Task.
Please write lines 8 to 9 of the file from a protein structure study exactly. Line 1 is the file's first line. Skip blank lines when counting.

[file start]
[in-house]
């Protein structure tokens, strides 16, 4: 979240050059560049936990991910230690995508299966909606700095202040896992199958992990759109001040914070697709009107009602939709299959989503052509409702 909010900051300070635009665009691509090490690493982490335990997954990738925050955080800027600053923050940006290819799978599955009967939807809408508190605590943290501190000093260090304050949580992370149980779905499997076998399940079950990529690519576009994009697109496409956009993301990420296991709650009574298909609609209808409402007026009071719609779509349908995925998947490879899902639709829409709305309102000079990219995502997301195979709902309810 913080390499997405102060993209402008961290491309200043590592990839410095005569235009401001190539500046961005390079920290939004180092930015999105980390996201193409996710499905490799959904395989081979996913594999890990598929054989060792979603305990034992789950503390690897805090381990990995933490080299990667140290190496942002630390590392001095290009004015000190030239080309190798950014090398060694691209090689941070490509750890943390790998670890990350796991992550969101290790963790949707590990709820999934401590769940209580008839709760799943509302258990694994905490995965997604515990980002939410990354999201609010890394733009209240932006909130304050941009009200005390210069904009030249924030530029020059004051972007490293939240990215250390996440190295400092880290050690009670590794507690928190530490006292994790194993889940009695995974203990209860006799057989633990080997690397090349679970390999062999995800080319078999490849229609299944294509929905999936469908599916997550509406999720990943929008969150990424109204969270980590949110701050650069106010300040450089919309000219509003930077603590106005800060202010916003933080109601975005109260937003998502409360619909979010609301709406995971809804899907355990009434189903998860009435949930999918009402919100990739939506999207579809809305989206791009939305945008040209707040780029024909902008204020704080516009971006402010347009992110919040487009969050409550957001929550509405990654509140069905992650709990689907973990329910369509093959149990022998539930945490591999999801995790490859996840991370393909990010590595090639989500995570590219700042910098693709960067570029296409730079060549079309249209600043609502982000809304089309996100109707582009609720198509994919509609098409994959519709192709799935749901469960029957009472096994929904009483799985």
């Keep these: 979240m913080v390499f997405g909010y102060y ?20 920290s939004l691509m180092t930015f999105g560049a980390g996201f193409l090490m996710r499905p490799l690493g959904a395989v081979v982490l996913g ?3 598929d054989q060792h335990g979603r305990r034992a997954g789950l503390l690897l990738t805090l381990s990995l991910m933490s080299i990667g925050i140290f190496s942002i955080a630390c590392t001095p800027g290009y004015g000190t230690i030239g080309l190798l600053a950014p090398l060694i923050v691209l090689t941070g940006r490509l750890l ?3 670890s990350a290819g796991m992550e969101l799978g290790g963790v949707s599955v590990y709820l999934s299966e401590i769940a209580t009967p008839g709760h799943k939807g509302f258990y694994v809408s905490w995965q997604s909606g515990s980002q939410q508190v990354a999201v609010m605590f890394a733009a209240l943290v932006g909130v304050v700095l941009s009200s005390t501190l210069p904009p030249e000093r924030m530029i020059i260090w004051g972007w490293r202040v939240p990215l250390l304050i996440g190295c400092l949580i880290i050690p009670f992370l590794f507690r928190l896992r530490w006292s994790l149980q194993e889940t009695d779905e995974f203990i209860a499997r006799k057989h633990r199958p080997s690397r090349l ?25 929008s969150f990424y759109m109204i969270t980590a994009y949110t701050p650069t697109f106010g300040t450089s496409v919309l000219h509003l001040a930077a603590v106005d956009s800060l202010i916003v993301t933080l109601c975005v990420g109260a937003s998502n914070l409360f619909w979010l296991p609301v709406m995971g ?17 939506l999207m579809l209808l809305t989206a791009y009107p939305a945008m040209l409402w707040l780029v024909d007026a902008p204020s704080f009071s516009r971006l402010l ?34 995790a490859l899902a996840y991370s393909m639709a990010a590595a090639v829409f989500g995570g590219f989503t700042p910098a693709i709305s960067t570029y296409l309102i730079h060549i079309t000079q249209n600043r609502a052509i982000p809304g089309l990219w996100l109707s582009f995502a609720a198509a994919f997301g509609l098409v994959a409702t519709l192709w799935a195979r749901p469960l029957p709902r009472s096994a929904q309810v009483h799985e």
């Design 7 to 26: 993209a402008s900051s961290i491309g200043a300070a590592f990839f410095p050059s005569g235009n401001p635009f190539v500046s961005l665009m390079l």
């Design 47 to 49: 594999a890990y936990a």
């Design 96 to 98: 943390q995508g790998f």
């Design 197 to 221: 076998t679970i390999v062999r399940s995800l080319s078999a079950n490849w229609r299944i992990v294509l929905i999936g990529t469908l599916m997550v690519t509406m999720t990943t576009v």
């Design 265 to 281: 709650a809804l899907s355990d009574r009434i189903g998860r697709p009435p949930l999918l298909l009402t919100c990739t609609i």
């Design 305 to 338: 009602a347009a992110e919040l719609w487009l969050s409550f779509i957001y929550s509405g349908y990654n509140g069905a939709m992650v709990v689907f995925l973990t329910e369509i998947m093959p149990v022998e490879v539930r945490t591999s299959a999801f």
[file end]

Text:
């Design 265 to 281: 709650a809804l899907s355990d009574r009434i189903g998860r697709p009435p949930l999918l298909l009402t919100c990739t609609i």
């Design 305 to 338: 009602a347009a992110e919040l719609w487009l969050s409550f779509i957001y929550s509405g349908y990654n509140g069905a939709m992650v709990v689907f995925l973990t329910e369509i998947m093959p149990v022998e490879v539930r945490t591999s299959a999801f």